If the soil is slow draining, jab a few more holes on the ground for nearby plants while waiting for the ground to absorb the fish emulsion fertilizer.

  3. Repeat the previous 2 steps for applying the fish emulsion fertilizer to other garden plants.


Two Uses for the Leftover Fish Emulsion Pulp

Remember the leftover fish emulsion pulp you collected in the basin when you extracted the liquid fish emulsion? Do not throw it away! The leftover pulp is nutrient-rich and may be amended to your garden's soil. But you need to really spread it out and mix it in your soil, as it is quite concentrated. Water thoroughly afterwards.

Another use for the leftover fish emulsion pulp, which I strongly recommend, is to return all of it in the 5-gallon bucket. This can become a quick starter for your next batch of fish scraps or wastes. The leftover fish emulsion pulp already has plenty of active microbes in it. The remaining amount of molasses in the pulp will now help expedite the decomposition of the second batch of fresh raw fish scraps.

Here's a definite plus: Because of its rapid decomposition, the second batch of fish emulsion won't smell as bad as when you started from scratch with the first batch. The second batch's fishy odor in the first week of processing will definitely be more tolerable.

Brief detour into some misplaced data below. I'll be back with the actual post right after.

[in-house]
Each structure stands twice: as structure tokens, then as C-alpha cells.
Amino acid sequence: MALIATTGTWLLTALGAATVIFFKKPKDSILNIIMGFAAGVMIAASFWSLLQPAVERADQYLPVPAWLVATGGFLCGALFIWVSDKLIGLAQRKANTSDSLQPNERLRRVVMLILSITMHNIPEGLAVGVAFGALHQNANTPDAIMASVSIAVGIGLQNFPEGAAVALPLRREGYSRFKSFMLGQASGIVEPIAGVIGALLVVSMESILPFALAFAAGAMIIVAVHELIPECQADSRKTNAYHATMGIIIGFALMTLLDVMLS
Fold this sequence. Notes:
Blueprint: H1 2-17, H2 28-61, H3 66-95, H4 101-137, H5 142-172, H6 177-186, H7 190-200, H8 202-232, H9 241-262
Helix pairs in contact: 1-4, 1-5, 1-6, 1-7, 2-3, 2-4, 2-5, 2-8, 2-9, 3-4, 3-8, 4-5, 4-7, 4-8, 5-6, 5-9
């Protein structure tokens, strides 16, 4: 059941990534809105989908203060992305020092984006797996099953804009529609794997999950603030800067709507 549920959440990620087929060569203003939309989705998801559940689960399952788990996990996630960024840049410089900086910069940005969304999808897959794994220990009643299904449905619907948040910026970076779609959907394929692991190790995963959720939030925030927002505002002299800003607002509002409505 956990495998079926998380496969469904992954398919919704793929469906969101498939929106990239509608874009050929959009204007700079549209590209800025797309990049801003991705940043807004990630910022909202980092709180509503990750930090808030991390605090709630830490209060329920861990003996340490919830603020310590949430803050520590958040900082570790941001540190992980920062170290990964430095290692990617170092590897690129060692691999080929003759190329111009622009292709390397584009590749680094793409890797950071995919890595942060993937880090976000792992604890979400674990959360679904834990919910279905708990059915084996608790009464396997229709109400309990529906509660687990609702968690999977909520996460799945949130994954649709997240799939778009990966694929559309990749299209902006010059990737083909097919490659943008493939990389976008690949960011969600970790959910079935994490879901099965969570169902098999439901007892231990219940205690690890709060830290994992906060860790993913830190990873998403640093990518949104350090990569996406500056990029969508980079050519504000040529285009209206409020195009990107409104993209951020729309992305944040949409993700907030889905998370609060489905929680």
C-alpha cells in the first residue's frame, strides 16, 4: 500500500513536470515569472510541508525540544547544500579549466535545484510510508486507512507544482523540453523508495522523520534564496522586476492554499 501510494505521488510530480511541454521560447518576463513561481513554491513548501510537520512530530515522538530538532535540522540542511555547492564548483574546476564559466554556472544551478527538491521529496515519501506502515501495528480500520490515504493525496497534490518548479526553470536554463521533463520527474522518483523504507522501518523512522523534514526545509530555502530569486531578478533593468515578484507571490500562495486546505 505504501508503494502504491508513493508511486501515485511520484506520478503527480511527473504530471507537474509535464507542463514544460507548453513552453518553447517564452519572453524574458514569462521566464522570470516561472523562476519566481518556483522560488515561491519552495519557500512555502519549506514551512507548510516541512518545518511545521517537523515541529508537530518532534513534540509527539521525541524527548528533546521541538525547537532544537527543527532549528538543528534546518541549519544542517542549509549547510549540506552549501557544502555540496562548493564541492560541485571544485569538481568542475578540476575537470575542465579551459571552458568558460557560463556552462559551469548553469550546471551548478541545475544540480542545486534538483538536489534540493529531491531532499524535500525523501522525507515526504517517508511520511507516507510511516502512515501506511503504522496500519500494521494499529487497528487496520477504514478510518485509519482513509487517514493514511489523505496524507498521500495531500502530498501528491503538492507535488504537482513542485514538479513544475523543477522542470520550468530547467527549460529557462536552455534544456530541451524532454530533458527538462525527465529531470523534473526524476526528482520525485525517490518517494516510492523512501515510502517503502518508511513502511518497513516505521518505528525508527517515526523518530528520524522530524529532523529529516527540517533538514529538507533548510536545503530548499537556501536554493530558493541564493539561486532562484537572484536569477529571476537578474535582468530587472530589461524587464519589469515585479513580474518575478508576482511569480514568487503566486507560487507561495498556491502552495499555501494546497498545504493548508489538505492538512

Other Articles in this Series:

How to Make Easy Homemade Fish Emulsion Fertilizer
Collect and Extract the Homemade Fish Emulsion Fertilizer




Go ahead, post your comment below!

Bonnie Lewenza said...

I have two 55 gallon aquariums and when I change the water, which is usually 20 gallons, I make sure to get all the gunk excess food etc out of the gravel. This water is taken directly to my gardens. I save on water cause I don't have to pull out the hose and there is a lot of great nutrients in it. My plants love it.

Blackdove said...

Yup, am sure they do. Thanx!

Anonymous said...

I was just wondering, where can i get this solution?

Blackdove said...

Well you can make your own fish emulsion. You can also buy from garden centers or the garden section of hardware stores. We've made so much that we might start selling soon.

Anonymous said...

can we apply the same for vegetables

Blackdove said...

Definitely. My eggplants and okra benefited from this. You could also apply in leafy veggies like mustard or kale. Just wash them before cooking.

Linda said...

can you use flat beer?

Blackdove said...

Is it to add to the fish emulsion? If so, I suppose you can.

Anonymous said...

Fish emulsion, Vitamin B, both good for boosting growth!

Anonymous said...

@ what stage of plant needs to feed the FAA?

Blackdove said...

In my case, when it is established and stable enough to survive.

Anonymous said...

can you please advise what type of organic fertilizer we can use after transplanting the plant into soil?
And What are FPJ & FFJ used for?

Blackdove said...

What do you mean FPJ and FFJ? For newly transplanted seedlings, I don't apply any fertilizer, organic or otherwise, until they've adapted and become established. I do apply mycorrhizal inoculant at the root ball to help the roots readily absorb water and nutrients and therefore become stable quickly.